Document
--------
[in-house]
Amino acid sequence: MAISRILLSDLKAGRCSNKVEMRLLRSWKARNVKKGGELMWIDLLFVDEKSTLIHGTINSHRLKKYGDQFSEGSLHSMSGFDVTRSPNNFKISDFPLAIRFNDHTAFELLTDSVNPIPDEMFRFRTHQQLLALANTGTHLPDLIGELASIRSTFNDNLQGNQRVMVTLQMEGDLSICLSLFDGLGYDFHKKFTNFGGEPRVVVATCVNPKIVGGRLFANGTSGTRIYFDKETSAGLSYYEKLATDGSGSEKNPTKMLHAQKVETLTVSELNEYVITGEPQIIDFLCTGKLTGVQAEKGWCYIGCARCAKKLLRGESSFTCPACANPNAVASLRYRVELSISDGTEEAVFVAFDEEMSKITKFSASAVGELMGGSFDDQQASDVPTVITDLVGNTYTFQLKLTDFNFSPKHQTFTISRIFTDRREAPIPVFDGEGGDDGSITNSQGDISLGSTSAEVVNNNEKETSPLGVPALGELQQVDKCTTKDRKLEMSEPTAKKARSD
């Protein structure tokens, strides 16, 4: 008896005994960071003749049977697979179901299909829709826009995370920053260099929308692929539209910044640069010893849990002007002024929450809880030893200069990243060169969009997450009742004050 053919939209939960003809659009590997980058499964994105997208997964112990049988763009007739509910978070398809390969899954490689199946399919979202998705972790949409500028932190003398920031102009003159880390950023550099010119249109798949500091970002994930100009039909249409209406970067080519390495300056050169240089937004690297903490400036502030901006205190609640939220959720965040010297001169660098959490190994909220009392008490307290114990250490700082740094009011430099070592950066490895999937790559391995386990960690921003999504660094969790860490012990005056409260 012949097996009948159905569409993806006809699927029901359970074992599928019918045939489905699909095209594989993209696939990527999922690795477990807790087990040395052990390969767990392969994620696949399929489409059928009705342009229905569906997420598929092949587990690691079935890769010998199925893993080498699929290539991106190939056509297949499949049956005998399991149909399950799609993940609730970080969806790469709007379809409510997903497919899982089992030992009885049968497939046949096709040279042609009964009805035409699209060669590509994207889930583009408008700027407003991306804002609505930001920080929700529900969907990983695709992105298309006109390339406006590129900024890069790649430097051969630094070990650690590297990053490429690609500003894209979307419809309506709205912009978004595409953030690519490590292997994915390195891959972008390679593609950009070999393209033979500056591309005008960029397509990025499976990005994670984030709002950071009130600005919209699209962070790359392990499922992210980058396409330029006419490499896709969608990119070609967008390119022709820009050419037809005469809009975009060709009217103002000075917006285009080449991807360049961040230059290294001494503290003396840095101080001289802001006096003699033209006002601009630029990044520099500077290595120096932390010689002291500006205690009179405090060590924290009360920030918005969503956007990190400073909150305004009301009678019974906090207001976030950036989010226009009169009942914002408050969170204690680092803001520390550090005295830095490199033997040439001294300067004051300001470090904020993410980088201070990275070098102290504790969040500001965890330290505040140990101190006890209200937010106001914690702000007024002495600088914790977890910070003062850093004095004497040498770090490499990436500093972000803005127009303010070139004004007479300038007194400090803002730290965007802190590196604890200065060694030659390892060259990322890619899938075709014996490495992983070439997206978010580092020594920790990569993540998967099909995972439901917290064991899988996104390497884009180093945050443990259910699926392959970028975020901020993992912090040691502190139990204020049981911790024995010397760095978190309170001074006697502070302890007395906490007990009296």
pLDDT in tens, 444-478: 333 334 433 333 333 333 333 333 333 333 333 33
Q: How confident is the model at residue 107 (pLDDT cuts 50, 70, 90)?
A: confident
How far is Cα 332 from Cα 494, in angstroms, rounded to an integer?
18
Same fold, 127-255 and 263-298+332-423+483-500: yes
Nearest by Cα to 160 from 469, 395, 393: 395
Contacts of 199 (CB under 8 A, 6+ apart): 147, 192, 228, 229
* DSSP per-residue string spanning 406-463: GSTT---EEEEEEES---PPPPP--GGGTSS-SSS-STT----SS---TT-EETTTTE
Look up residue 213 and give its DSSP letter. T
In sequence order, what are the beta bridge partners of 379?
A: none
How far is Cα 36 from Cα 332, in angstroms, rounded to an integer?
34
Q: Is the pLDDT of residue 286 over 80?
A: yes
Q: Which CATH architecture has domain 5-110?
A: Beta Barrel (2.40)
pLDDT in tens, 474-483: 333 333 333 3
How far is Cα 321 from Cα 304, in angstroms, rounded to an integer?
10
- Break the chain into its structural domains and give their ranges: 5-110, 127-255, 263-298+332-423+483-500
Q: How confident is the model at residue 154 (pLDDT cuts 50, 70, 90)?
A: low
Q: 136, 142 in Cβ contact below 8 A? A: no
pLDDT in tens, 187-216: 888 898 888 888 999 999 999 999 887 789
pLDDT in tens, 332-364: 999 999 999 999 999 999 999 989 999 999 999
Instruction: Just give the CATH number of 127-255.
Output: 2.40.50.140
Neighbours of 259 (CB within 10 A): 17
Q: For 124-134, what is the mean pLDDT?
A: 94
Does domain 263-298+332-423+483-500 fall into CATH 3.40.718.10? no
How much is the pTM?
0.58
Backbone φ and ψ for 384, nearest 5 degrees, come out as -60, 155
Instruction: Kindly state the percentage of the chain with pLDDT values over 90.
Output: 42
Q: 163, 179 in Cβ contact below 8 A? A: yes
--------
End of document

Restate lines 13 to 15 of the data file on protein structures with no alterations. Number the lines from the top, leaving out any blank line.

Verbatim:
Look up residue 213 and give its DSSP letter. T
In sequence order, what are the beta bridge partners of 379?
A: none